Australia’s long economic run is flagging

This article first appeared in The Edge Financial Daily, on July 3, 2018.
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THE golden age of Australian economic growth may have passed.

Continuing a run of over 25 years, the expansion most likely clocked another quarter of gains in gross domestic product in the three months to June 30. But that run looks tired, and the weight of many challenges has accumulated.

The most significant are two related shifts. The first is changing relations between Australia’s biggest trading partner, China, and the guarantor of Australian security, the US. The second is the nature of Australia’s relationship with each of them. China’s growth is slowing, and its economy is driven less by investment and exports and more by domestic consumption. That means a waning appetite for the raw materials Australia sells even as China’s economy grows bigger overall. And at some point, China may well have its own recession. Nothing lasts forever.

As for the US, there is a real sense that its relative economic and political clout is fading, certainly in Asia. This fear is not new in Canberra, but it is seen as a longer-term issue, not something that has to be confronted immediately.

The election of Donald Trump and the advent of trade skirmishes with China — not to mention the prospect of an all-out trade war — changes the calculus. The US as the disrupter in Asia, rather than the stabiliser, is a big shift.

From Down Under, the US looks at best indifferent to the world of rules it created. That is terrifying.

Perhaps the real salad days for Australia were from, say, 1978 (when Deng Xiaoping began China’s economic opening) through around 2008 (the global financial crisis). Sure, there were recessions during the first half of that period, but in retrospect they set Australia up for the growth surge that followed. China began its economic rise and the US provided the broad economic and military rules and framework that made the region thrive. There are now questions over both treasure and security, wrestled with last week at the Australian National University’s Crawford Leadership Forum, in which I participated. Neither Trump nor, for that matter, Xi Jinping solely created this existential moment. They did speed and amplify its arrival.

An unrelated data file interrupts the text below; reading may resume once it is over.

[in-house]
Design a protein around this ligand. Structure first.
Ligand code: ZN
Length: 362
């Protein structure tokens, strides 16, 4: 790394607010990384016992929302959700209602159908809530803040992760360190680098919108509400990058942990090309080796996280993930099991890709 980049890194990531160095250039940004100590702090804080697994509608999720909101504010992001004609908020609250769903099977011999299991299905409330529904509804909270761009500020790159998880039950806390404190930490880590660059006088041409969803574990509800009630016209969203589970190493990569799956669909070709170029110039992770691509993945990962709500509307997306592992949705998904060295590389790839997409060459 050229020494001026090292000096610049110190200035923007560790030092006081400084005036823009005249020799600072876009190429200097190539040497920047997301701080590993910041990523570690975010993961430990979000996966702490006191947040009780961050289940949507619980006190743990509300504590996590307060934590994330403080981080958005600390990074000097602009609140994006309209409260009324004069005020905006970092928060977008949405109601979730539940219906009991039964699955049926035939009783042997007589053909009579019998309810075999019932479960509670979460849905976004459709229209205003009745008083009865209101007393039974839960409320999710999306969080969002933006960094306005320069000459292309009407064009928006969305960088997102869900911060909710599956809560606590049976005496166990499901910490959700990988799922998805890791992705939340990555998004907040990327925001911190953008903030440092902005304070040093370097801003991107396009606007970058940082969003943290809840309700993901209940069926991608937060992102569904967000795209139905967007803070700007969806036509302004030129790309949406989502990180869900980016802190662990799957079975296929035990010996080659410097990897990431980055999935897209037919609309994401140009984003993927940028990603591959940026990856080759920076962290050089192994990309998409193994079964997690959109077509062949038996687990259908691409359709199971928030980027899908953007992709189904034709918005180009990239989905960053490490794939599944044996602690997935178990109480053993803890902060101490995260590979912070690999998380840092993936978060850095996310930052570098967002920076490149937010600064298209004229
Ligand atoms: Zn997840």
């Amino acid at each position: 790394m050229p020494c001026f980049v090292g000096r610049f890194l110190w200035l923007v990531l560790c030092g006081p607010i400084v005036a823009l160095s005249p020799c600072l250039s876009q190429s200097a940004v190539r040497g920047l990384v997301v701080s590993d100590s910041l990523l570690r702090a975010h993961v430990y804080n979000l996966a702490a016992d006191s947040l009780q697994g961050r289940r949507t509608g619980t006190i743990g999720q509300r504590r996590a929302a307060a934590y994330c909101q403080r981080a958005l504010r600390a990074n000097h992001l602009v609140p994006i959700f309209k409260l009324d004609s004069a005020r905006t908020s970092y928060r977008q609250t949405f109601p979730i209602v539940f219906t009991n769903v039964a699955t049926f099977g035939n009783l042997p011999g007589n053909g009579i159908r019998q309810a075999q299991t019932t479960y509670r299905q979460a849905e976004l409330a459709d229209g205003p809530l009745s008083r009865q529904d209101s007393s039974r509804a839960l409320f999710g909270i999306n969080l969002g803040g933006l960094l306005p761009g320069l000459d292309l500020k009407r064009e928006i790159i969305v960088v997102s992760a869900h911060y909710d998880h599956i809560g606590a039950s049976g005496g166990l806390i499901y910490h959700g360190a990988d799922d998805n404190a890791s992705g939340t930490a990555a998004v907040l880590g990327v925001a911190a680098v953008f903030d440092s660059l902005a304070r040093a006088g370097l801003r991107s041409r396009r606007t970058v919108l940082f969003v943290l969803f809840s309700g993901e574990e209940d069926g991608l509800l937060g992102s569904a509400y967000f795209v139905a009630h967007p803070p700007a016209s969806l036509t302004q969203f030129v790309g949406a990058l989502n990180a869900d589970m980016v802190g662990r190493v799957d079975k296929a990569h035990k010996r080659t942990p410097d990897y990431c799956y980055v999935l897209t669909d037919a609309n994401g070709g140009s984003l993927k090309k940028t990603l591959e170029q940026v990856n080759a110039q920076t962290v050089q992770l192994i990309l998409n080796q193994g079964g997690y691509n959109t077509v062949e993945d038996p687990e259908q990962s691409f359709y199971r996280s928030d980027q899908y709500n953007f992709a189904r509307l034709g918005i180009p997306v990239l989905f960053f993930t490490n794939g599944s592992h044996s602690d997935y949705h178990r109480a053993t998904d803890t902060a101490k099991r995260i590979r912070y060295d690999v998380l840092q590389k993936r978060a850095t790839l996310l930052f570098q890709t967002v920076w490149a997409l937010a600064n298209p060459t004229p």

Not everything is about China and the US, though. Scratch the surface and problems familiar to many nations can be seen: an ageing population, anaemic wage growth, swelling cities straining infrastructure, dramatic changes in rainfall, and an erosion of support for immigration. Population growth made a big contribution to economic success.

Australian governments invested a lot the past few decades in forging an economic and political future in Asia. (There was always the alliance with the US to back things up.) What makes the current moment so sobering is that while the bulk of Australia’s exports go to Asia, Australian businesses are neglecting investment opportunities there.

The largest destinations for direct investment in 2015 were the US, the UK, and New Zealand. Singapore was fourth, with a bare 3.9% share, and China was fifth, along with Papua New Guinea and Germany, according to a study from PricewaterhouseCoopers, the Institute for Managers and Leaders, and Asialink Business. That is unacceptable, especially as the post-1945 order fades. Asia and the coming order, whatever that ultimately looks like, are not about to wait for Australia.

The shelter and comfort of powerful-yet-distant friends, first the UK and then the US, have never looked so dated. — Bloomberg